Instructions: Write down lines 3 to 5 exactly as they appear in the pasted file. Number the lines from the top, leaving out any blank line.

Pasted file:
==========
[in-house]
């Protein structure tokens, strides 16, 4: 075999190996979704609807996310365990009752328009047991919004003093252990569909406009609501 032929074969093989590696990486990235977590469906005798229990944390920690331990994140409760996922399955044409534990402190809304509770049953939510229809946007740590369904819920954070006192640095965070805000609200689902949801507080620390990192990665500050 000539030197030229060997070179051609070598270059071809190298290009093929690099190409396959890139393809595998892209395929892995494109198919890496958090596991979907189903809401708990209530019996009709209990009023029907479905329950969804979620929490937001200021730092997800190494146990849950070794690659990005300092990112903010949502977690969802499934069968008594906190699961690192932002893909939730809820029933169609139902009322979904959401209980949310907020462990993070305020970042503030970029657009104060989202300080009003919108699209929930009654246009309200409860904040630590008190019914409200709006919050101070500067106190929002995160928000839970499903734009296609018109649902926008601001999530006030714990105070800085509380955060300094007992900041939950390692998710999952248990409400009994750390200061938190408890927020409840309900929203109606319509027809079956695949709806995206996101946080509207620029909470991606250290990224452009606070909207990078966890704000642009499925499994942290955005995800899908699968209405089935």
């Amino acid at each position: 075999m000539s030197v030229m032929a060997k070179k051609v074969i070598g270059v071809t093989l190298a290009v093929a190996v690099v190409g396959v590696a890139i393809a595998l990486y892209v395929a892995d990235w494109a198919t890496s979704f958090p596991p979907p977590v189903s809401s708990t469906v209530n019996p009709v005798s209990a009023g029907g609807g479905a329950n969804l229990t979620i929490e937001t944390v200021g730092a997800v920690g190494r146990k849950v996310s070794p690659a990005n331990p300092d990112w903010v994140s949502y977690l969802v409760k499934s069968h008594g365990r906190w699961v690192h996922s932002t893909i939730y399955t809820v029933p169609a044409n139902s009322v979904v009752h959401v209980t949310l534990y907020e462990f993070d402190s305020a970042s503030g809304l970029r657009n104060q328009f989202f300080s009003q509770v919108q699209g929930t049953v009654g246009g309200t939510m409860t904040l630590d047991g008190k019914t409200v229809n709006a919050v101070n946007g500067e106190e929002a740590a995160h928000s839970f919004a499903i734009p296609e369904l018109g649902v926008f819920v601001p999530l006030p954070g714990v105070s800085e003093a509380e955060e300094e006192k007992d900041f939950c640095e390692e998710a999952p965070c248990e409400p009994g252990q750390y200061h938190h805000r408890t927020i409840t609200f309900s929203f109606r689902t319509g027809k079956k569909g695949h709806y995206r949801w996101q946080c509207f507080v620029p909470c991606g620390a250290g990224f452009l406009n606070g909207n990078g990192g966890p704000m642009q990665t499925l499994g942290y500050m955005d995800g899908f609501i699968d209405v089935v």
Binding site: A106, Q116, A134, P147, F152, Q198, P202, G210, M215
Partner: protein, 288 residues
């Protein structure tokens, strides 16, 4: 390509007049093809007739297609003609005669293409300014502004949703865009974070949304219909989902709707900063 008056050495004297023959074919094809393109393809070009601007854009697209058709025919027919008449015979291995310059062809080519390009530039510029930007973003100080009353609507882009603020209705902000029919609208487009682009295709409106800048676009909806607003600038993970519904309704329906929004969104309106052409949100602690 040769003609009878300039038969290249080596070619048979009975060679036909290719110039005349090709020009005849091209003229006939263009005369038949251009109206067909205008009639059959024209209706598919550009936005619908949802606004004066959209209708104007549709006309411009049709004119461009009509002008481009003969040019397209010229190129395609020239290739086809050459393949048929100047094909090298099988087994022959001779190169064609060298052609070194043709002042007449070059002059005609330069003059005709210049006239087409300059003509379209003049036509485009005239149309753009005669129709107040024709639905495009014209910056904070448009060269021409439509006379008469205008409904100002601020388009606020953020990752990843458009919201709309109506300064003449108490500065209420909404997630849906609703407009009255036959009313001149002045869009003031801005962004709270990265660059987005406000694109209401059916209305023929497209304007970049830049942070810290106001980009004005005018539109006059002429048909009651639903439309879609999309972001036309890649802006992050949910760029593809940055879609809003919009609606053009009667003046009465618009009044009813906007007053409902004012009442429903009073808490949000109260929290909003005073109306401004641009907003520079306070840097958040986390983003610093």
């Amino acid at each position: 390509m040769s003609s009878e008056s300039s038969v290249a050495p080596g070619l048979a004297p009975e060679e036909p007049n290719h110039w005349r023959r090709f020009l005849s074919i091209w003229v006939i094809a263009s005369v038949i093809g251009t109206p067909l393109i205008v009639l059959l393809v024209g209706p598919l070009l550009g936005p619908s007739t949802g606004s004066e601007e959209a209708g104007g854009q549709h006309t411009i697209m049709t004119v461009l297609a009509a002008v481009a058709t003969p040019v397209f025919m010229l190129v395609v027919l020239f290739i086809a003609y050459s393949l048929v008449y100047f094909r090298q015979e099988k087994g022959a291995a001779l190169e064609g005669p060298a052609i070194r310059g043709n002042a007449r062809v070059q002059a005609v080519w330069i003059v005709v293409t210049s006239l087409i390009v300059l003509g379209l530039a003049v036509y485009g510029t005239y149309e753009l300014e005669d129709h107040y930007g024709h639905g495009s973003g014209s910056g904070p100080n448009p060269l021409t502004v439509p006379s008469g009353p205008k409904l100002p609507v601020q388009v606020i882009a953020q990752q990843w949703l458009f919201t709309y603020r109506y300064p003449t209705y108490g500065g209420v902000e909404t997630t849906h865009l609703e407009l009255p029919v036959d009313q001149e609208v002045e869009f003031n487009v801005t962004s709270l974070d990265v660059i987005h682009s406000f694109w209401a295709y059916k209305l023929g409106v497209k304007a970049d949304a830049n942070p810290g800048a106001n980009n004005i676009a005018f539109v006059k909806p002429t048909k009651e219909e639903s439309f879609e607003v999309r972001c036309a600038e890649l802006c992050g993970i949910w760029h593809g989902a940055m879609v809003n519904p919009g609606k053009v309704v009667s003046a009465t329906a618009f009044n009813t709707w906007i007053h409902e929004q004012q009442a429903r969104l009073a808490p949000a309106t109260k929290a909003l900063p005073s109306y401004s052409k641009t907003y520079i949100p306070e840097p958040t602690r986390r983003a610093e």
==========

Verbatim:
């Amino acid at each position: 075999m000539s030197v030229m032929a060997k070179k051609v074969i070598g270059v071809t093989l190298a290009v093929a190996v690099v190409g396959v590696a890139i393809a595998l990486y892209v395929a892995d990235w494109a198919t890496s979704f958090p596991p979907p977590v189903s809401s708990t469906v209530n019996p009709v005798s209990a009023g029907g609807g479905a329950n969804l229990t979620i929490e937001t944390v200021g730092a997800v920690g190494r146990k849950v996310s070794p690659a990005n331990p300092d990112w903010v994140s949502y977690l969802v409760k499934s069968h008594g365990r906190w699961v690192h996922s932002t893909i939730y399955t809820v029933p169609a044409n139902s009322v979904v009752h959401v209980t949310l534990y907020e462990f993070d402190s305020a970042s503030g809304l970029r657009n104060q328009f989202f300080s009003q509770v919108q699209g929930t049953v009654g246009g309200t939510m409860t904040l630590d047991g008190k019914t409200v229809n709006a919050v101070n946007g500067e106190e929002a740590a995160h928000s839970f919004a499903i734009p296609e369904l018109g649902v926008f819920v601001p999530l006030p954070g714990v105070s800085e003093a509380e955060e300094e006192k007992d900041f939950c640095e390692e998710a999952p965070c248990e409400p009994g252990q750390y200061h938190h805000r408890t927020i409840t609200f309900s929203f109606r689902t319509g027809k079956k569909g695949h709806y995206r949801w996101q946080c509207f507080v620029p909470c991606g620390a250290g990224f452009l406009n606070g909207n990078g990192g966890p704000m642009q990665t499925l499994g942290y500050m955005d995800g899908f609501i699968d209405v089935v």
Binding site: A106, Q116, A134, P147, F152, Q198, P202, G210, M215
Partner: protein, 288 residues